Great turnout for EO RideOut, but mixed messages from the East Orange PD

 

 

 


Earlier in the week VELO Bloomfield went to Urban Cyclery to celebrate the opening of a positive thing going on the Essex community of East Orange.  Urban Cyclery is owned by
Osceola Hansen a East Orange native and just an all around great guy, because not only does he have a shop he supports Black and Latinx teenagers (the demographic that there are few programs for) in the bicycle rides that the teenagers put on called Ride-Outs.

While cycling has gotten more popular, so has racism. The rules for Black and Latinx young people having fun seems to differ greatly in comparison to everyone else.

On Saturday, January 27 a bicycle ride in East Orange that was organized for the local kids.  This event was advertised  via social media, Urban Cyclery, and VELO Bloomfield.  Someone else decided to invite themselves, the East Orange Police Department spent the morning shadowing, stalking, and harassing the kids for being kids.

 

 

 


Kids on bikes from East Orange, Long Branch, and Newark were harassed just for being on bicycles.

“Cops say that we have to follow the same rules as motorcycles and if they don’t take your bike or they’ll walk you out of town,” said a young cyclist from Long Branch.

boy arrested for wheelies
Child being arrest for popping a wheelie! Your childhood memory has just been criminalized.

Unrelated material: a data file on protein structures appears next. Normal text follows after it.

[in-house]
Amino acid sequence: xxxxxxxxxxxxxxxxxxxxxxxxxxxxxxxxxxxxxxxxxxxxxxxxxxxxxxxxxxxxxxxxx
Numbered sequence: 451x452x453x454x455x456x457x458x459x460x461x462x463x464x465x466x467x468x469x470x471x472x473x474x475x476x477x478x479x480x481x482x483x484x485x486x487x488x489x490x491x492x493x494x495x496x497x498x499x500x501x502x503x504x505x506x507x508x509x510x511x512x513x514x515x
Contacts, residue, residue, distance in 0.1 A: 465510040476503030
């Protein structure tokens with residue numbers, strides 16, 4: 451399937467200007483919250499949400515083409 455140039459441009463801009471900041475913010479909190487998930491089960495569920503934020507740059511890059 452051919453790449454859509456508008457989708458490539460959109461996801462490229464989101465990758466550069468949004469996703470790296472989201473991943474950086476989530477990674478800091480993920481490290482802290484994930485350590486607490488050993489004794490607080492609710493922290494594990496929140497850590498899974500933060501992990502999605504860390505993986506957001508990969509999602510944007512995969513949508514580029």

The police presence was intimidating.  This event was a group of kids on their bikes with their grandmothers, parents, and little sisters.  I’m confused as to why the police came down on this ride like it was an Apocalyptic Outlaw Motorcycle Gang that was pillaging the local countryside.

“Seems like bike lanes and cycling are just for rich people,” said another young person from Long Branch.

A woman there with her granddaughter said the Elmwood Park in East Orange, does not allow bikes.  

another boy getting ticket
Another kid getting ticket, for being a kid on a bike.

Meanwhile the  cops on the scene said the kids should not be riding on the sidewalk, but then began ticketing kids for riding in the street (while popping wheelies).  So effectively, there was nowhere for them to bike.  


“The boys take great pride in their bikes.  They maintain them, keep them clean, and have a lot of bike knowledge,” said a woman at the ride.  

One boy overheard and agreed.  I took a pic with him and his bike labelled “Proud of his bike.”  He was from the neighborhood East Orange.  

A man who said he had been biking all morning in other towns, in town likes West Orange, towns that are whiter, kids were popping were given applause.  He also said they had bike trails.

“The police at the [ride] were ridiculous.  People always want to talk about community policing and this isn’t community policing.  Kicking kids off the sidewalk, writing them tickets, arresting the kid for ‘talking back’ or ‘not listening.’  If they really wanted to do community policing, they should offer to escort the group on the ride.  Create an area for kids to ride bikes.  East Orange PD gives away bikes every year, but then gives the kids no place to ride,” said Mike.

Eventually the ride happened and people had fun, but a kid should be able to ride their bicycle without risk of arrest and harassment by the police in their own neighborhood.

blocking entire intersection
Kids on bikes I guess are scary to the East Orange Police Department

 

 

By Halashon Sianipar
edited by Lark Lo

 

halashon rides a bike regularly as transportation. interested in collective power, self expression, self determination. mc, organizer, mathematician living in newark.

 


 

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